READ: De Lille’s tribute to Mam' Winnie at the EFF's memorial

De Lille: "Winnie was the flower of the nation, our flower of the nations and our mother of the nation." (Gallo Images)

De Lille: "Winnie was the flower of the nation, our flower of the nations and our mother of the nation." (Gallo Images)

You know what I learned from Mama Winnie? That politics is not for sissies. Politics is not for sissies. That when you are in politics, there’s no rules for men, there’s no rules for women, there’s just the rules and she played by the rules and she played the game better than most of them.

She wasn’t the kind of politician that when you hit her on the one cheek she keeps the other cheek, she klaps you back.
She wasn’t that kind of politician. But what do we have today? Today you have a lot of plastic politicians who are there for their stomach, who are not there for the people of our country.

I will remember Mama Winnie that she remained principled. She always stayed with the principles. But where nobody could beat Mama Winnie she remained firm with the principles but flexible with tactic and strategy. That’s where Mama Winnie beat the apartheid regime, time and time again, because she understood what is tactics and strategy. So there’s a lot that we could learn from Mama.

There are many memories that I want to share with you, but let me tell you one memory and I can say it today because it’s safe to say so. I used to sit with Mama Winnie in Parliament and we used to work at questions that I will ask in parliament. And one of the questions that I asked in parliament led to my suspension out of parliament. For 15 days they suspended me, of course the court overruled them.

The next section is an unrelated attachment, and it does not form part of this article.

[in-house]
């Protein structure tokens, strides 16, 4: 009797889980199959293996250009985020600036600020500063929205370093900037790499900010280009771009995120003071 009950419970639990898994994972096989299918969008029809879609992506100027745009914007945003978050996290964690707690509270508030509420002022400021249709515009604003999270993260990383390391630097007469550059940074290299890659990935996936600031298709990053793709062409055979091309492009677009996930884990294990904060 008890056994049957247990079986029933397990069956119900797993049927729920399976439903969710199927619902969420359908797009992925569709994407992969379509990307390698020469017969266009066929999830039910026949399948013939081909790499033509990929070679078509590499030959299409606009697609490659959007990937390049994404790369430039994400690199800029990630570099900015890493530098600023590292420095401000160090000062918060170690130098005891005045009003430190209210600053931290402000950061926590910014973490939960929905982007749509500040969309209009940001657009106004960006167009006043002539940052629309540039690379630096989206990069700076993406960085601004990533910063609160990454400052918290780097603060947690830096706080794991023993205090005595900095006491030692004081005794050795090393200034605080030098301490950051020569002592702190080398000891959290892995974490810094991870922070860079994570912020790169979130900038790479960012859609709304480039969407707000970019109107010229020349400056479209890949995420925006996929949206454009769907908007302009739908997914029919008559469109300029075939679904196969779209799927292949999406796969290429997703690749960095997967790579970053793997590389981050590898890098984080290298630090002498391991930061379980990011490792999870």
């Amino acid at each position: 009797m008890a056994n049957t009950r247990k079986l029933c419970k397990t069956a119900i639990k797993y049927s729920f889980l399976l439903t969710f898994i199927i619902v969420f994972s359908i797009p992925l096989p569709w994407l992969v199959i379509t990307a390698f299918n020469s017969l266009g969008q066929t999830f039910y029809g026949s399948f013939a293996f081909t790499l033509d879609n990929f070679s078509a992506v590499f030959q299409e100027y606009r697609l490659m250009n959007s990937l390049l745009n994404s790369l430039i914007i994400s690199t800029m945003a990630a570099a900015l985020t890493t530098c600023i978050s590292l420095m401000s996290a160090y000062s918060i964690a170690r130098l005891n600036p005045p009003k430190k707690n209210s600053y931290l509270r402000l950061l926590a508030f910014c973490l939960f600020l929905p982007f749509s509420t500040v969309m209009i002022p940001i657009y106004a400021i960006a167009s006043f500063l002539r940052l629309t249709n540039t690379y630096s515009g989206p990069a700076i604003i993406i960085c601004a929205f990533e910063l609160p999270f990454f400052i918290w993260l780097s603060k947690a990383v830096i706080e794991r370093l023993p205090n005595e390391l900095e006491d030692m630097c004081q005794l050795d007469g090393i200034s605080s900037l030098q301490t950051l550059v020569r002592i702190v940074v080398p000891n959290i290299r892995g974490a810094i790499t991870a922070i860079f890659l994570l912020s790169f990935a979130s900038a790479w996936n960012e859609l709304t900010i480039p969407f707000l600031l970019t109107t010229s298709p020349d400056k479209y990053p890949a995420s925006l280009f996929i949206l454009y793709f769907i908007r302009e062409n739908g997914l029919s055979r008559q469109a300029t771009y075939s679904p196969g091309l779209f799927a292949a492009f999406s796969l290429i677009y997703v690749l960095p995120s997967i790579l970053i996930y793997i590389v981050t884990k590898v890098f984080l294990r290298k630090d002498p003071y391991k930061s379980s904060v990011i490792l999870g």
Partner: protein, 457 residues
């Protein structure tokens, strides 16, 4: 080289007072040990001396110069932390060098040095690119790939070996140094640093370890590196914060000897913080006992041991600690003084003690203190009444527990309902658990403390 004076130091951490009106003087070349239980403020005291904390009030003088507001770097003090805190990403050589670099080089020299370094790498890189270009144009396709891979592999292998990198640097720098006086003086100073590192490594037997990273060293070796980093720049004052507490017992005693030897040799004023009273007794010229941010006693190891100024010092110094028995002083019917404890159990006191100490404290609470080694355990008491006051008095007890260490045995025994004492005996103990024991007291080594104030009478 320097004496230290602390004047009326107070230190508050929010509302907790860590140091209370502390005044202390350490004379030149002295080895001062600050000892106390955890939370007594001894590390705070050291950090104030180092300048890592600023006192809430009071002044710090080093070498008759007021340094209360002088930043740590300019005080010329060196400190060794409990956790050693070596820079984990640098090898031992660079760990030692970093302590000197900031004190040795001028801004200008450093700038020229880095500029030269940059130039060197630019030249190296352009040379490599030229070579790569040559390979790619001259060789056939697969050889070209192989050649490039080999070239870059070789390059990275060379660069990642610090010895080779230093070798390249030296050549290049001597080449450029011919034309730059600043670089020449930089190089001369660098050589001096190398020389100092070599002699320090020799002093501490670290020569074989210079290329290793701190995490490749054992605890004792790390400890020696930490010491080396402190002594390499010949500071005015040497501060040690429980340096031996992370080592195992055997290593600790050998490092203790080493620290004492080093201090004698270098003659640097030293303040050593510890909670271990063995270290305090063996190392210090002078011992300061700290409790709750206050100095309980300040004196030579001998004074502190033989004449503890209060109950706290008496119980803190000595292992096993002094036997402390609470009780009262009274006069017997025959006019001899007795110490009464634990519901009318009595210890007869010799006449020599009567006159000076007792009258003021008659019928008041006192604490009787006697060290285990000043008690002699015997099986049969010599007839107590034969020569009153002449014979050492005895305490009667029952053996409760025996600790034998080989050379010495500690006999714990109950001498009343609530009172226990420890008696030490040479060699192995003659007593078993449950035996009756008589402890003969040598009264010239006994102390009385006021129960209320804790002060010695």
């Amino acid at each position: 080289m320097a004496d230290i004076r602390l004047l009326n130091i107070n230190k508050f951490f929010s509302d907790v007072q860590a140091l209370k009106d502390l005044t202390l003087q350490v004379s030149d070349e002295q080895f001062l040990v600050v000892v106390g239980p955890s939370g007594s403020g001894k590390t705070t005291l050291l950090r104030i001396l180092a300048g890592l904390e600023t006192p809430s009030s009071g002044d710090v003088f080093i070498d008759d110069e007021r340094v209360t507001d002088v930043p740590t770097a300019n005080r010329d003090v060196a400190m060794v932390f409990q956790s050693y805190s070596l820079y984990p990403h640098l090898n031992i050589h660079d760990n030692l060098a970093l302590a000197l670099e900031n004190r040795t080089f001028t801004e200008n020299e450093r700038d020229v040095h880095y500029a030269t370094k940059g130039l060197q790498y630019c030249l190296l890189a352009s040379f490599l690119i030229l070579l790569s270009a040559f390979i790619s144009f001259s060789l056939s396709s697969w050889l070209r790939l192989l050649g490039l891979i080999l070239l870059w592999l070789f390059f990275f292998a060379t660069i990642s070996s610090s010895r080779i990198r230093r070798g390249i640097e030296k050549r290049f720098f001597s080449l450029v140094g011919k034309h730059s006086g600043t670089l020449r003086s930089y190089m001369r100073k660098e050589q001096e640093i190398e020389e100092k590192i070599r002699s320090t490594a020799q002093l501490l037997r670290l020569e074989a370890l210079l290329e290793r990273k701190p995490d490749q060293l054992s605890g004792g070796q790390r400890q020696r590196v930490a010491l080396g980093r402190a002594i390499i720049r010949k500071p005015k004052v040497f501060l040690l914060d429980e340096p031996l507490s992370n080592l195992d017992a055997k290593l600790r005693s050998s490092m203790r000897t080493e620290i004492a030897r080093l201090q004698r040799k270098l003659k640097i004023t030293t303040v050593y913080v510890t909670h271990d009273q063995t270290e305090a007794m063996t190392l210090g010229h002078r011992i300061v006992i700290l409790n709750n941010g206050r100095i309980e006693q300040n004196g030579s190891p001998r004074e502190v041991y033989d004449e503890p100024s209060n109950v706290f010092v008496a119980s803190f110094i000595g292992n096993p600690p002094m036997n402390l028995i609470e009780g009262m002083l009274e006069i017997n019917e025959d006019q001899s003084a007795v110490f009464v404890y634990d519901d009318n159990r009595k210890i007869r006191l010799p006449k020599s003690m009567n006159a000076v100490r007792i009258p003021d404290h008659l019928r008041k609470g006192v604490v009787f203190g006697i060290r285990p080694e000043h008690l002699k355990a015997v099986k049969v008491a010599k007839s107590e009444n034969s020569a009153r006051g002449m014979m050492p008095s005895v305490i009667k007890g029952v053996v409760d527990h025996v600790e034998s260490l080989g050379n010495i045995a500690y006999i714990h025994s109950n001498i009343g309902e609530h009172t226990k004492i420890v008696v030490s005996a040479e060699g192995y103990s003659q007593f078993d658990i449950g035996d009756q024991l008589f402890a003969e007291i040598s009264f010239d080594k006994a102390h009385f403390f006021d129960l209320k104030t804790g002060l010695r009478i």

So Comrade Malema I was the first one to be chucked out of parliament without a hearing. But mama was so clever. Mama said to me, “Now you go in there my sister and you don’t accuse them. Just ask the question, “Can you confirm or deny that you were spies during the apartheid years?” 

And Mama gave me those names and I rambled off the names and of course I got suspended. Mama I will always remember that moment and all the many other questions that we shared together.

In 2000 in Durban, when we had a government led by then president Thabo Mbeki who believed that HIV/AIDS did not exist, we marched together in Durban with Mama Winnie to demand ARVs for our people. I said to Thabo Mbeki in parliament, “You say ARVs are toxic. Why is it not toxic for some of the members of parliament that are sitting here that are using ARVs but it’s toxic for the poor?”

So lastly, comrades, you know what? I’ve lost a dear friend. The last time she phoned me was in December and she says, “Hi man.’ You know that giggle in that husky voice. She said ‘what are those boys doing to you man? Those boys don’t know who are they dealing with.” 

And then she laughed and laughed and laughed. And I assured that “Mama Winnie I got it under control but thank you for your support.”

Last night, I played my favorite song, but I thought it is also a favorite song for mama Winnie. Because she was not only the mother of the nation, she was the flower of the nation. Listen to Jonas Gwangwa. Winnie was the flower of the nation, our flower of the nations and our mother of the nation.

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